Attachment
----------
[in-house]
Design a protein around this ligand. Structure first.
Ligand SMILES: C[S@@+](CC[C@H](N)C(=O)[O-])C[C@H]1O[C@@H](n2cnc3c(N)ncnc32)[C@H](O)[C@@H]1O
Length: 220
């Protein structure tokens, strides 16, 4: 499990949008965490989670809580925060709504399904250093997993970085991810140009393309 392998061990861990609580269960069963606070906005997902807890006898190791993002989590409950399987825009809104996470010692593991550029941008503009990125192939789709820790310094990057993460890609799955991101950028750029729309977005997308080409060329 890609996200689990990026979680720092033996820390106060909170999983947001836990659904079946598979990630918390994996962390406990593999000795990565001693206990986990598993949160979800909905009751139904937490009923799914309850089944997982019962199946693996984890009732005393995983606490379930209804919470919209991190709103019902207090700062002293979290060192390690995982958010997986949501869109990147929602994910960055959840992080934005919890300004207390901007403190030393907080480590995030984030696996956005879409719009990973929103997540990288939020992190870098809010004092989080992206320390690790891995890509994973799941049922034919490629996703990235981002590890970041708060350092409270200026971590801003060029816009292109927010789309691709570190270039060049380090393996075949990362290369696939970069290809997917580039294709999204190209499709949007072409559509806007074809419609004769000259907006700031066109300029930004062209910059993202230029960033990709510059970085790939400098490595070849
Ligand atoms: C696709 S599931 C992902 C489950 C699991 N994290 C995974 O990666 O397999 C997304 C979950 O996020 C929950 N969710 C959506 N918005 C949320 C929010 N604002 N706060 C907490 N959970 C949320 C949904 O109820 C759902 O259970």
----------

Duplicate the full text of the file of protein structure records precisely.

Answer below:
[in-house]
Design a protein around this ligand. Structure first.
Ligand SMILES: C[S@@+](CC[C@H](N)C(=O)[O-])C[C@H]1O[C@@H](n2cnc3c(N)ncnc32)[C@H](O)[C@@H]1O
Length: 220
């Protein structure tokens, strides 16, 4: 499990949008965490989670809580925060709504399904250093997993970085991810140009393309 392998061990861990609580269960069963606070906005997902807890006898190791993002989590409950399987825009809104996470010692593991550029941008503009990125192939789709820790310094990057993460890609799955991101950028750029729309977005997308080409060329 890609996200689990990026979680720092033996820390106060909170999983947001836990659904079946598979990630918390994996962390406990593999000795990565001693206990986990598993949160979800909905009751139904937490009923799914309850089944997982019962199946693996984890009732005393995983606490379930209804919470919209991190709103019902207090700062002293979290060192390690995982958010997986949501869109990147929602994910960055959840992080934005919890300004207390901007403190030393907080480590995030984030696996956005879409719009990973929103997540990288939020992190870098809010004092989080992206320390690790891995890509994973799941049922034919490629996703990235981002590890970041708060350092409270200026971590801003060029816009292109927010789309691709570190270039060049380090393996075949990362290369696939970069290809997917580039294709999204190209499709949007072409559509806007074809419609004769000259907006700031066109300029930004062209910059993202230029960033990709510059970085790939400098490595070849
Ligand atoms: C696709 S599931 C992902 C489950 C699991 N994290 C995974 O990666 O397999 C997304 C979950 O996020 C929950 N969710 C959506 N918005 C949320 C929010 N604002 N706060 C907490 N959970 C949320 C949904 O109820 C759902 O259970």